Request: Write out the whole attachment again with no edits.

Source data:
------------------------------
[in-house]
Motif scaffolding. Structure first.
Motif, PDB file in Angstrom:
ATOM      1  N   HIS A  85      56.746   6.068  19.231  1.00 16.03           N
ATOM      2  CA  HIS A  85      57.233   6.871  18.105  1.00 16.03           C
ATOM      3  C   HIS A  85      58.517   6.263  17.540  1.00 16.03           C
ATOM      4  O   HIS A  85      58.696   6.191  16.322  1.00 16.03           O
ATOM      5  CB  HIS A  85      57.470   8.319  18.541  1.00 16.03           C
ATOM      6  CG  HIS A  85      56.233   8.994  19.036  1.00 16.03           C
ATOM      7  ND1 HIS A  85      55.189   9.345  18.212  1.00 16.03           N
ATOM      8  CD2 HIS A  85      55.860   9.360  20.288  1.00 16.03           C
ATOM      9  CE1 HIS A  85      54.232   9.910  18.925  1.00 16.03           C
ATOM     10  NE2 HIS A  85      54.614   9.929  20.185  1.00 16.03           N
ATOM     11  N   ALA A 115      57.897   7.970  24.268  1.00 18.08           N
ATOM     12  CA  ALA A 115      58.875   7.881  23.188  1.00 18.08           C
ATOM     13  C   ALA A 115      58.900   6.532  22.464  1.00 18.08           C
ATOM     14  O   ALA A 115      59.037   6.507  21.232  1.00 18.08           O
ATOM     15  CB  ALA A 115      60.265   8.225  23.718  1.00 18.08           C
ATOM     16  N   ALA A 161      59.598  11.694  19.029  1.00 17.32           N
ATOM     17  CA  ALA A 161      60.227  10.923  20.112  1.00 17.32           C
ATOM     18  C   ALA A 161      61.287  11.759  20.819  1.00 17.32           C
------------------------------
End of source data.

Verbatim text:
[in-house]
Motif scaffolding. Structure first.
Motif, PDB file in Angstrom:
ATOM      1  N   HIS A  85      56.746   6.068  19.231  1.00 16.03           N
ATOM      2  CA  HIS A  85      57.233   6.871  18.105  1.00 16.03           C
ATOM      3  C   HIS A  85      58.517   6.263  17.540  1.00 16.03           C
ATOM      4  O   HIS A  85      58.696   6.191  16.322  1.00 16.03           O
ATOM      5  CB  HIS A  85      57.470   8.319  18.541  1.00 16.03           C
ATOM      6  CG  HIS A  85      56.233   8.994  19.036  1.00 16.03           C
ATOM      7  ND1 HIS A  85      55.189   9.345  18.212  1.00 16.03           N
ATOM      8  CD2 HIS A  85      55.860   9.360  20.288  1.00 16.03           C
ATOM      9  CE1 HIS A  85      54.232   9.910  18.925  1.00 16.03           C
ATOM     10  NE2 HIS A  85      54.614   9.929  20.185  1.00 16.03           N
ATOM     11  N   ALA A 115      57.897   7.970  24.268  1.00 18.08           N
ATOM     12  CA  ALA A 115      58.875   7.881  23.188  1.00 18.08           C
ATOM     13  C   ALA A 115      58.900   6.532  22.464  1.00 18.08           C
ATOM     14  O   ALA A 115      59.037   6.507  21.232  1.00 18.08           O
ATOM     15  CB  ALA A 115      60.265   8.225  23.718  1.00 18.08           C
ATOM     16  N   ALA A 161      59.598  11.694  19.029  1.00 17.32           N
ATOM     17  CA  ALA A 161      60.227  10.923  20.112  1.00 17.32           C
ATOM     18  C   ALA A 161      61.287  11.759  20.819  1.00 17.32           C